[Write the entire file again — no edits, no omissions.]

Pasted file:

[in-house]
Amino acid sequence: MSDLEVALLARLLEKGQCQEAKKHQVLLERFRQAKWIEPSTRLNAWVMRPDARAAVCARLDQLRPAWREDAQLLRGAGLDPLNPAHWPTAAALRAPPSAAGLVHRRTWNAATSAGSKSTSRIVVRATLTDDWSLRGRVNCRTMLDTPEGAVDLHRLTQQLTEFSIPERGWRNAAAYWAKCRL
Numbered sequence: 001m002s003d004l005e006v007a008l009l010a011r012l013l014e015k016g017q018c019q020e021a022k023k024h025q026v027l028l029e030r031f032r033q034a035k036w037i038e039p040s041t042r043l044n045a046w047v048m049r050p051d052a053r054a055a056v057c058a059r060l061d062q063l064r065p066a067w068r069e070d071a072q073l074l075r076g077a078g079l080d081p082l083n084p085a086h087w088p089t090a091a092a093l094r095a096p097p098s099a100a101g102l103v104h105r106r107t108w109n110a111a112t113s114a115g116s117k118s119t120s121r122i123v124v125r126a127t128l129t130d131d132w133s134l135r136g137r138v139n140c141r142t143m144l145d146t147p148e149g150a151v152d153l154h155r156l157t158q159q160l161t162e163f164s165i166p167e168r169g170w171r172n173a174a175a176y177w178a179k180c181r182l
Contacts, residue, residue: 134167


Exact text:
[in-house]
Amino acid sequence: MSDLEVALLARLLEKGQCQEAKKHQVLLERFRQAKWIEPSTRLNAWVMRPDARAAVCARLDQLRPAWREDAQLLRGAGLDPLNPAHWPTAAALRAPPSAAGLVHRRTWNAATSAGSKSTSRIVVRATLTDDWSLRGRVNCRTMLDTPEGAVDLHRLTQQLTEFSIPERGWRNAAAYWAKCRL
Numbered sequence: 001m002s003d004l005e006v007a008l009l010a011r012l013l014e015k016g017q018c019q020e021a022k023k024h025q026v027l028l029e030r031f032r033q034a035k036w037i038e039p040s041t042r043l044n045a046w047v048m049r050p051d052a053r054a055a056v057c058a059r060l061d062q063l064r065p066a067w068r069e070d071a072q073l074l075r076g077a078g079l080d081p082l083n084p085a086h087w088p089t090a091a092a093l094r095a096p097p098s099a100a101g102l103v104h105r106r107t108w109n110a111a112t113s114a115g116s117k118s119t120s121r122i123v124v125r126a127t128l129t130d131d132w133s134l135r136g137r138v139n140c141r142t143m144l145d146t147p148e149g150a151v152d153l154h155r156l157t158q159q160l161t162e163f164s165i166p167e168r169g170w171r172n173a174a175a176y177w178a179k180c181r182l
Contacts, residue, residue: 134167